Online court records show Carlos faced one petty misdemeanor charge of battery filed in Las Cruces in 2006.

He says he faced allegations of child abuse after an incident in which he had spanked his son. At the time, he was working in the Santa Fe department's Crimes Against Children unit.

New Mexico State Police investigated the incident, Carlos says, and according to court documents, prosecutors dismissed the charges.

He also has been named in civil lawsuits against the Santa Fe Police Department.

The latest was filed in 2015 by a Santa Fe County man who said police used excessive force and unreasonable seizure during an encounter on Old Santa Fe Trail.

The man had pulled into a residential driveway to address an emergency in his car -- his dog had defecated -- he said in the lawsuit. But an uneasy homeowner called police to report a burglary in progress, and officers responding to the call drew a gun on him, the man said, and cuffed him while they investigated.

A judge dismissed the case late last year, ruling the officers were simply doing their jobs. But the plaintiff appealed, and the case is pending.

"When you are a civil servant, a police officer, you're not immune from being targeted," Carlos says. "All of your actions are always called into question. There's a system in place for people who believe that they've been wronged, and they can enact that system."

Carlos has committed to four years overseeing the Española police and fire departments, animal control division and detention center. He is still in a "honeymoon phase," he says. The hard part will come when he starts to push the police department in the direction he wants it to go.

"My mission is to evolve," Carlos says. "... I have to show the citizens there is no such thing as a cover-up with my administration."

Part of his strategy is to get out into the field.

He's set aside Wednesdays and Fridays to get out of the office, meet people in the community and learn about the town's problems.

On a recent Wednesday, as Carlos is driving, he spots a lean woman sitting on a curb outside Wendy's restaurant, a large drink in her hand.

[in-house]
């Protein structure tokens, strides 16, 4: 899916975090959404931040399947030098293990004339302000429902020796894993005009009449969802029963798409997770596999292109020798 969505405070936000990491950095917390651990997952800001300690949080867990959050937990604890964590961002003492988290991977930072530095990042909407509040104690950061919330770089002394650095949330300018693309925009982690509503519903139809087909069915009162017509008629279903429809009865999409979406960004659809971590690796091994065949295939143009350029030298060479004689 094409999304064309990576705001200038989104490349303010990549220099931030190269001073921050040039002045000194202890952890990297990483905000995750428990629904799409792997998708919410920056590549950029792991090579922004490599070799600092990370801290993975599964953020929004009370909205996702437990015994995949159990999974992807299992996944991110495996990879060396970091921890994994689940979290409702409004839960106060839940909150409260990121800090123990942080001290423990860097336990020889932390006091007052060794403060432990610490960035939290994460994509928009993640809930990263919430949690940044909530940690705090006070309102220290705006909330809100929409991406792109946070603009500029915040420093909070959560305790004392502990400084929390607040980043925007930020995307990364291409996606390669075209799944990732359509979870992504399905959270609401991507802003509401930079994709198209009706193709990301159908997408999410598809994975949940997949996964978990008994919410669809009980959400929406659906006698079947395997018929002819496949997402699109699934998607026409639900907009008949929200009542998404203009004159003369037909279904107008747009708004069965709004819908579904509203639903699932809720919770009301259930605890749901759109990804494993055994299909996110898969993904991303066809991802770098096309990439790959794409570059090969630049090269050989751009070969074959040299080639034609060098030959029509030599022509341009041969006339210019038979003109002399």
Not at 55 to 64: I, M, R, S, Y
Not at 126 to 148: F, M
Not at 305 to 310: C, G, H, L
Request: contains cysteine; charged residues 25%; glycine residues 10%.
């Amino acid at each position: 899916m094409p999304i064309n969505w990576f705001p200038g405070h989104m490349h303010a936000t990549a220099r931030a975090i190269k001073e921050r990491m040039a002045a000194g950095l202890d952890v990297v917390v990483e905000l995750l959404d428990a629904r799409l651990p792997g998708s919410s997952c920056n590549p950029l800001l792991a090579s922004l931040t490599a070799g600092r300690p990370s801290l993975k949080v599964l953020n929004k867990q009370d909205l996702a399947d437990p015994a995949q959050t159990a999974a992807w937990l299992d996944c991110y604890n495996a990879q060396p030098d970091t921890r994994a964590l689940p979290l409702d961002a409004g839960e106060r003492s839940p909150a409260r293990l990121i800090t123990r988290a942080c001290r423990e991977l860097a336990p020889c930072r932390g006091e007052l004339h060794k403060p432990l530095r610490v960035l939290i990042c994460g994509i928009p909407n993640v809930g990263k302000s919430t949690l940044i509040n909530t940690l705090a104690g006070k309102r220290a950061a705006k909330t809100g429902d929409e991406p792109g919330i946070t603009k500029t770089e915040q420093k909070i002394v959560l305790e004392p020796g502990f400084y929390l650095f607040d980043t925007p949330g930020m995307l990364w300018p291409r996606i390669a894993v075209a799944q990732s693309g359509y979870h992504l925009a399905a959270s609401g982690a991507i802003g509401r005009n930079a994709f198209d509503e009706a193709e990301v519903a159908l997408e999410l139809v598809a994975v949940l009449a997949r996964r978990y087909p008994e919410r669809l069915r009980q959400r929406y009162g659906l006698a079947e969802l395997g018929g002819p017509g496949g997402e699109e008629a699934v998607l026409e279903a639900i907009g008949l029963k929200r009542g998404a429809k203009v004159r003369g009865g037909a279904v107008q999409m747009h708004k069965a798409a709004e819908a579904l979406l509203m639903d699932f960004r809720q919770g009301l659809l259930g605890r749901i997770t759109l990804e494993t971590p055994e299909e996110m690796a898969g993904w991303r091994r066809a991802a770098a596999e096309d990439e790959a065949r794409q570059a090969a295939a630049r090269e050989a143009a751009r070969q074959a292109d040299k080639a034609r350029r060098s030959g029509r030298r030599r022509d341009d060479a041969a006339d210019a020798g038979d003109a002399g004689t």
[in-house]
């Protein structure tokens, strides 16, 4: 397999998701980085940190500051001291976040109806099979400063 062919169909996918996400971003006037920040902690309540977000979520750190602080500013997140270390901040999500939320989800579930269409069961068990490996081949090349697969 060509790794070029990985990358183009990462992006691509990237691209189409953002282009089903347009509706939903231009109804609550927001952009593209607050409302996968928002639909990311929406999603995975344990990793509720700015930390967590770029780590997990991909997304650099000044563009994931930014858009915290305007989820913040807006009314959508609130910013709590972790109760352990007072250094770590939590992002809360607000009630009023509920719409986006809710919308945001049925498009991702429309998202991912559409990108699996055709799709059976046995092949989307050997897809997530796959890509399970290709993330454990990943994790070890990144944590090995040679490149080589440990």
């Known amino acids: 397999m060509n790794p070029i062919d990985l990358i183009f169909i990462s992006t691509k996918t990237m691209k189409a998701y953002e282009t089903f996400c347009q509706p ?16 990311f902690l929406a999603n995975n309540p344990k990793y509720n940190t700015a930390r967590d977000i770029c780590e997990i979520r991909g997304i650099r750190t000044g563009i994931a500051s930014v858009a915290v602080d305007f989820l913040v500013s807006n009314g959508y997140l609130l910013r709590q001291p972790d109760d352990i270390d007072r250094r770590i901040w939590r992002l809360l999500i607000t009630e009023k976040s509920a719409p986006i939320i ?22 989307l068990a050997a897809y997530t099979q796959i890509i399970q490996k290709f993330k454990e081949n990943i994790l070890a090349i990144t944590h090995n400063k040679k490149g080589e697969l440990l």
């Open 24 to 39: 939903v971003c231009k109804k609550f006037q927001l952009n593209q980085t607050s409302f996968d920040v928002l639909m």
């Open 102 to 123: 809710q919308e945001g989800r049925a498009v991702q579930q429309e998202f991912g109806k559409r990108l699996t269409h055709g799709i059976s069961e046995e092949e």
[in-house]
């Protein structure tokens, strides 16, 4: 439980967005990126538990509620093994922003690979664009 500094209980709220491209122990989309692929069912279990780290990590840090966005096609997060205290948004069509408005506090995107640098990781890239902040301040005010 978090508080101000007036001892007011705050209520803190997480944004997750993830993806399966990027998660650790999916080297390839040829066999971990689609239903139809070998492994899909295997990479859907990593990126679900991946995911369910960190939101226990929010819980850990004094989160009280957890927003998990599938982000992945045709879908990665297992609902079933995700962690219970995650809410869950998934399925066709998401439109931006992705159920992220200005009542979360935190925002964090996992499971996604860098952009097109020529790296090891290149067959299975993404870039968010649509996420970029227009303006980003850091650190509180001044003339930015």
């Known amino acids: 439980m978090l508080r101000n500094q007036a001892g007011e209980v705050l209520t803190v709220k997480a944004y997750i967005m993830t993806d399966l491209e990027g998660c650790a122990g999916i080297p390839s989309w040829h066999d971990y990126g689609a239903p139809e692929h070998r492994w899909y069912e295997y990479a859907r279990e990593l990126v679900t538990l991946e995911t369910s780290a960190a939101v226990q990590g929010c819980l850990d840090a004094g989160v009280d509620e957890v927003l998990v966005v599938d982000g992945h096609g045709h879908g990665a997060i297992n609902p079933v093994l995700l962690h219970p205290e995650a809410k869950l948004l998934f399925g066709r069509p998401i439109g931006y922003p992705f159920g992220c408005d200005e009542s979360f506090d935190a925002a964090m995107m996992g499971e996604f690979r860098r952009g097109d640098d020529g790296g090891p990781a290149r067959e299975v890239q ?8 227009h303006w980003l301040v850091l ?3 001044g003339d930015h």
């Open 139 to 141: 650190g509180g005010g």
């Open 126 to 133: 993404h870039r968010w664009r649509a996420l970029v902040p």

The perfect opportunity for a "conversational encounter," he says.

He stops the car and asks the woman how long it's been since she's last used drugs, and when she tries to deny she's a user, he points out the track marks on her arms. He takes her inside the restaurant for a cheeseburger and some fries.

While they talk, he calls dispatch to find out if there are any warrants pending against the woman. There is one. But it only applies if she's in Taos County. So, Carlos leaves her with her burger and drives away.

"A five-dollar burger got me ... a lot of great information. This is exactly what we need to be doing," he says. "You don't go buying burgers for everybody you meet. It's just a little olive branch."

Sometimes, when he's working narcotics, he sees his father's ghost. The last time he saw the man, Carlos says, his dad was strung out in a drug den in Mexico. He died four years ago.

"When I deal with somebody that fits my father's profile, this internal rage makes this futile attempt to surface," Carlos says. "Then [my mother] takes over and reminds me of my compassionate heart and why I'm doing this. I need to keep a neutral mindset and find a way to help."

Asked if he ever got a response to his question to God on the day he met the Doña Ana deputy who changed his life, Carlos answers without hesitation.

"That deputy told me that everything was going to be OK, and it has been ever since," he says. "My mom left my dad. My mom pushed us to become better, and I'm literally living the answer. This is the reason why."